Bill O’Reilly fancies himself a historian. That’s fine. Plenty of guys at your Wednesday softball game think they could have played for the Yankees if things had fallen just a bit differently. It’s of little account that the actual Yankees understand them to be clowns– especially the ones who can buy themselves into spring training experiences.
So when O’Reilly starts lecturing about the ratio of slaves to free men in the workforce of the White House, speculates upon their enviable diets, and announces the quiz that a graduate of Princeton and Harvard Law who later became a dean at the University of Chicago will be obliged to pass, it is best to roll your eyes and go about your day.
What should concern you, however, is today’s doubling-down on his comments (complete with the usual suggestions that he is the victim, smeared by “liberals” who “want to see [him] dead . . . “literally dead”). Not only is this yet another signpost in the dangerous new phase in public education that excoriates scholars and experts for correcting the errors of people who haven’t spent giant chunks of their lives studying the things they are spouting off about (like, say, someone who knows that one of the few accounts of the construction of the White House comes from Abigail Adams, who laments that the slaves working there looked “half fed, and destitute of cloathing”), but it is also an insight into a resurgence of the socio-politics of selective remembrance and mythic white-washing– things that have plagued America from its inception, and that today threaten to tear the nation down into a pit of willful ignorance where what a citizen feels is more important than what the truth bears out, to the point where a person’s patriotism can roughly be equated to their capacity to ignore everything in the nation’s history that does not illuminate its greatness.
Nearly all of the 311 chapters of An American Song extol the greatness of my country and my countrymen. It is right that this is the case. America is a wondrous place. Its people are by and large good, honest, and benevolent, and their diverse backgrounds and varied lives are the reason why a book like this is even possible. And the communities– both local and national– that they have organized are worthy of celebration. As anyone who reads the book will quickly understand, I am in love with America, and would happily fight the man who would dare suggest that that love is misplaced.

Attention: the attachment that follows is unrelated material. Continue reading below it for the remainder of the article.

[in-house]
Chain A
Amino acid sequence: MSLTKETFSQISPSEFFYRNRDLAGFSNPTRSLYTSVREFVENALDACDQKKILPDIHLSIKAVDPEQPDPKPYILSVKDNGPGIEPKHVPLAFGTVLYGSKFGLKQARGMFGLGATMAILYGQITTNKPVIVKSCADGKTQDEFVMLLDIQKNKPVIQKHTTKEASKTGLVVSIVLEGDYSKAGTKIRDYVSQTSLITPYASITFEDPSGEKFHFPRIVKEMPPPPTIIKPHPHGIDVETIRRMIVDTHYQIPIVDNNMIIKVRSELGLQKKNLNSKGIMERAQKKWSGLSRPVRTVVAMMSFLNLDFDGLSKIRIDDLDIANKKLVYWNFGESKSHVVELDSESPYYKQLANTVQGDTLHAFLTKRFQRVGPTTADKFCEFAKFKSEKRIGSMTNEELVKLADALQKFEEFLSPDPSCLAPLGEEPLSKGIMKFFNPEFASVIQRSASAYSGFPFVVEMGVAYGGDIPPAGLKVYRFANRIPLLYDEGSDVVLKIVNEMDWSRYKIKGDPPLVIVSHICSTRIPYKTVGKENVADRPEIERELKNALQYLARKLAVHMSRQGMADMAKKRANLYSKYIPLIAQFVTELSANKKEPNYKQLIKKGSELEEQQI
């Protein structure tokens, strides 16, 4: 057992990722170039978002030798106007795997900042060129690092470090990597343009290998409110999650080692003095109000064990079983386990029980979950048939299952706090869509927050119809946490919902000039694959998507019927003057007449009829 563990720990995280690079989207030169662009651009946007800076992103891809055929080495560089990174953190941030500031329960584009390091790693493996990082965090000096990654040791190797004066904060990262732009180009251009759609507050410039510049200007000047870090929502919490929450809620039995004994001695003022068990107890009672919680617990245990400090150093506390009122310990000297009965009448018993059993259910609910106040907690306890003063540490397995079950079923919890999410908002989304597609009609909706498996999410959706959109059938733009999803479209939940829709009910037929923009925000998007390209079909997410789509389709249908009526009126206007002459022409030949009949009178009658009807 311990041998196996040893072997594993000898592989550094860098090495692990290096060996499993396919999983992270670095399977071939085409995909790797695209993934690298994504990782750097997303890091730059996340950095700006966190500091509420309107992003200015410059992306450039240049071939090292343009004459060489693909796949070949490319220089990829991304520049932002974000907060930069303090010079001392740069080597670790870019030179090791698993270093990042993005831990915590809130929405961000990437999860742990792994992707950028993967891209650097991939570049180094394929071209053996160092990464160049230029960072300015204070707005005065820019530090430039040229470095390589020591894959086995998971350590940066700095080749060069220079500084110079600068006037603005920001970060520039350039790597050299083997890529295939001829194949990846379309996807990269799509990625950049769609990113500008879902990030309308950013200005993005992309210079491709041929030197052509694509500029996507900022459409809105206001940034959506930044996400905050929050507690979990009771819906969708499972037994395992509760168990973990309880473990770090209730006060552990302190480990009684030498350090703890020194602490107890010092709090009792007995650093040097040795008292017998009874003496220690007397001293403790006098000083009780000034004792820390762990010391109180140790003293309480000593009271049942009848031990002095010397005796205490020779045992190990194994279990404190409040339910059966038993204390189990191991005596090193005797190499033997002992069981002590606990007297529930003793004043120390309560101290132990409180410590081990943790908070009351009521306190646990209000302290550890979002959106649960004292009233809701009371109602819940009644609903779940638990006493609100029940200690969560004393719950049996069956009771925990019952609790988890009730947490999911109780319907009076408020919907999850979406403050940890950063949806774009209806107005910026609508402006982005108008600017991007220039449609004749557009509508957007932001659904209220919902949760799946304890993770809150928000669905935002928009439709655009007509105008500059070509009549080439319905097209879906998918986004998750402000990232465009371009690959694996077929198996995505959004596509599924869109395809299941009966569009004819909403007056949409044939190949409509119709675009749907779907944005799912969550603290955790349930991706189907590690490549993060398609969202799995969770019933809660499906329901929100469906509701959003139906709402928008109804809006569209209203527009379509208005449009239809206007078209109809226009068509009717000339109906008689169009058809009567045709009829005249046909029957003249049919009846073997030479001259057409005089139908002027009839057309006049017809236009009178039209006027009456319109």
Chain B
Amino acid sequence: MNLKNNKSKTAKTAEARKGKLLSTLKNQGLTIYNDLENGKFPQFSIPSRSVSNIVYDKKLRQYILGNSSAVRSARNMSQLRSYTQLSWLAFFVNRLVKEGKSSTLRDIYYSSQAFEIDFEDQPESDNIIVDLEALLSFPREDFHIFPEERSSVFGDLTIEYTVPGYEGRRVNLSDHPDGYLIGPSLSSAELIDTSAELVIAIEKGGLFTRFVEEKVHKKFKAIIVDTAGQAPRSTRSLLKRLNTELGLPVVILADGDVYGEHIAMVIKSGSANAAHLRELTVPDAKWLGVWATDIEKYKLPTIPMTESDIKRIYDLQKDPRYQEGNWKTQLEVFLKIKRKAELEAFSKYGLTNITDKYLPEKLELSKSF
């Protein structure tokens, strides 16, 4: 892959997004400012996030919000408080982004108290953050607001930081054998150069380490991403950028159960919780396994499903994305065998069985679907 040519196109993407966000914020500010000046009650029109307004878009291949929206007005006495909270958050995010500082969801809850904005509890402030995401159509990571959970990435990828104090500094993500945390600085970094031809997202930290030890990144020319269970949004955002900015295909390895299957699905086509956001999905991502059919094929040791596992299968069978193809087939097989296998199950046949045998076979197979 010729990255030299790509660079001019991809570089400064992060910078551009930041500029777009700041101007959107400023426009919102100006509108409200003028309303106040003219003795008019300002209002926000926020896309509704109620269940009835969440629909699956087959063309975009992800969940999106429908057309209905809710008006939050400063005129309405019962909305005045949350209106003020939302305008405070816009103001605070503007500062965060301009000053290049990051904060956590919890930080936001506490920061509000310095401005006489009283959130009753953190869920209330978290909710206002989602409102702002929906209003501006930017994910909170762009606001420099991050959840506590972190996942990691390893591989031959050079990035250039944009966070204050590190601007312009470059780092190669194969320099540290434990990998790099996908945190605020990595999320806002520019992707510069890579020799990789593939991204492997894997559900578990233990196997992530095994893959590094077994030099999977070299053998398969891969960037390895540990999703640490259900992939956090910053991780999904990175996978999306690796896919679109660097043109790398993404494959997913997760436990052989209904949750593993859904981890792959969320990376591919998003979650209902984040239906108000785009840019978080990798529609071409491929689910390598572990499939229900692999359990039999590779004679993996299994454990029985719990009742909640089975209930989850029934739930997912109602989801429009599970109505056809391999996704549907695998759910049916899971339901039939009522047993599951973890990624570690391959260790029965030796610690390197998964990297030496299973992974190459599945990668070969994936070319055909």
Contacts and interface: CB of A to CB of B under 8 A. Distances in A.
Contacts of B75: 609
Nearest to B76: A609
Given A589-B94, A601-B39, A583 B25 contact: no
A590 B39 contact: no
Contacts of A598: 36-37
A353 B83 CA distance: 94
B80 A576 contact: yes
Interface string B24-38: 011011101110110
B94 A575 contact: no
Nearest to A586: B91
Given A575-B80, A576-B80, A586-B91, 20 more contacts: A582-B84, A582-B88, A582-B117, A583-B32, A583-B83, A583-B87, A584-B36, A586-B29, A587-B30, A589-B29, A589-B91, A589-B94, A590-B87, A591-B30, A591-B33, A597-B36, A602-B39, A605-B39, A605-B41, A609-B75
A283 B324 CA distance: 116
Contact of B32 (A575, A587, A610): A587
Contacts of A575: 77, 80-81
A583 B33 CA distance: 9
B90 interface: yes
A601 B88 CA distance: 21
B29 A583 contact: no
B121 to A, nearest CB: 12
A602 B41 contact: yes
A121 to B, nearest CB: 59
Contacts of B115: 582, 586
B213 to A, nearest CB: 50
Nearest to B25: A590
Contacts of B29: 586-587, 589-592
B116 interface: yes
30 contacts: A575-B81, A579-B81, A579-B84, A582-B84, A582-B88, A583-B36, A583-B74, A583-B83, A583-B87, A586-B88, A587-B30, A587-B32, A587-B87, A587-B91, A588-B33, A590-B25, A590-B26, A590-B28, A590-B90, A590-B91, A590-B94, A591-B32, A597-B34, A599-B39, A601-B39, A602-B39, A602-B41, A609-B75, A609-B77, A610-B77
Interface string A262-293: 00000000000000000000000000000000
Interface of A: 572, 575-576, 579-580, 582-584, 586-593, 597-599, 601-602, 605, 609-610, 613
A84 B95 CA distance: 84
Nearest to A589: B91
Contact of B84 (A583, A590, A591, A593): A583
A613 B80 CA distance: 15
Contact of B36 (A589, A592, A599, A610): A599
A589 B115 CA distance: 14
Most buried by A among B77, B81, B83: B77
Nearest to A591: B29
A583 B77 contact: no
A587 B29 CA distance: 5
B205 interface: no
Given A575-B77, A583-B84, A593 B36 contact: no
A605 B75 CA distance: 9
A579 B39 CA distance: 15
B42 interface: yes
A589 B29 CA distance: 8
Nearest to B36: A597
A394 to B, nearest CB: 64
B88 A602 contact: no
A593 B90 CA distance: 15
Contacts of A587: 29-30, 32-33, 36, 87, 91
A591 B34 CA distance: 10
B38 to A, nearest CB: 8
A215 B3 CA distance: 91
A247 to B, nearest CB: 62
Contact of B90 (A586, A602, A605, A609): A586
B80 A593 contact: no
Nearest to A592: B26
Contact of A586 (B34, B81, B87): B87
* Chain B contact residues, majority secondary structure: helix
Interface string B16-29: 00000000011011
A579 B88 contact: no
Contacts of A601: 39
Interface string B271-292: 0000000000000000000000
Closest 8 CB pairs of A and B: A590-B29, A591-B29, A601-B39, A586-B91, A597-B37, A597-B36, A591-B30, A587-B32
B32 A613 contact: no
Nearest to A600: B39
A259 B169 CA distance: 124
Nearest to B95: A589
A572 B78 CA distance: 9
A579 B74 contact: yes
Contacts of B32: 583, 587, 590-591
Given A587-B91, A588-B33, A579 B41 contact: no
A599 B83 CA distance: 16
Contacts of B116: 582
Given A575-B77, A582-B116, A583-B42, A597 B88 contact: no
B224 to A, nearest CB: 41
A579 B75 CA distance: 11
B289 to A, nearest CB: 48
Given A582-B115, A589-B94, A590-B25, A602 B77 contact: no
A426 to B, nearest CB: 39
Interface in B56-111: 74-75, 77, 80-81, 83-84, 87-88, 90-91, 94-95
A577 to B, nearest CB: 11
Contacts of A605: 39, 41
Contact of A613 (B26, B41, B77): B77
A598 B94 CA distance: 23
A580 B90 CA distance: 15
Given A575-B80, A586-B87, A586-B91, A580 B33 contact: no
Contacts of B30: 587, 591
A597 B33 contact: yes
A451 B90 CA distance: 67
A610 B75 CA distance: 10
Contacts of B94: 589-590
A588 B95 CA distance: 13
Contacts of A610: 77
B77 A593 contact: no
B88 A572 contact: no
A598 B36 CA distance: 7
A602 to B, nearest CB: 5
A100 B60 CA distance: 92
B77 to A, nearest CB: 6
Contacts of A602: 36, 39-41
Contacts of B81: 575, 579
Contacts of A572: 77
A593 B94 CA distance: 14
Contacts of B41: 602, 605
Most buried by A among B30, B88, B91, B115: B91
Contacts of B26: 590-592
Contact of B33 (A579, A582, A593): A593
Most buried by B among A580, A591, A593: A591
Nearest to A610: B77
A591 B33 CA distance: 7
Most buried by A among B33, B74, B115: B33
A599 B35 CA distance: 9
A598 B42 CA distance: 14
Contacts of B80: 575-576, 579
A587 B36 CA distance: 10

But as in all love affairs, there are times to recognize that my beloved is not without her flaws.
In the 90th chapter (titled “I Saw Cotton and I Saw Black, Tall White Mansions and Little Shacks,” from the famous song, “Southern Man,” by Neil Young), I relate an argument I had near dusk with a fellow visitor at Nottoway Plantation in Louisiana, where the plantation house is a massive Italianate mansion nicknamed “The White Castle” (pictured above). In it I lost my anger (a stupid thing to do even if my emotions were raised) at the man’s insistence that slaves did not build the house, but rather sugar. “Sugar built this,” he told me. “Tha’ stuff you use every day. There was sugar h’re before there were slaves. I ain’t no lover of slavery, but that’s just who ended up workin’ the fields. These plantation owners were rich before them—how else did they have the money to buy slaves?”
Notice that just as O’Reilly did today, the man declared his hatred for slavery. Of course he did! Few in America today would dare suggest that slavery was a good thing. The problem is, for a large portion of the American public, declaring one’s hatred for slavery has long-since become the end of any argument about the institution. All an American has to say is that he or she abhors the idea of slavery, and poof! all the nasty little consequences of America’s great stain go away. Continued segregation and social inequality? Gone! Companies and, yes, even us private individuals who owe a portion of our fortunes and privilege to the economic system of antebellum days? Excused! Preconceptions about a race that statistics don’t bear out? That’s a separate issue! Political movements demanding fair treatment? “We” freed you, what else do you want?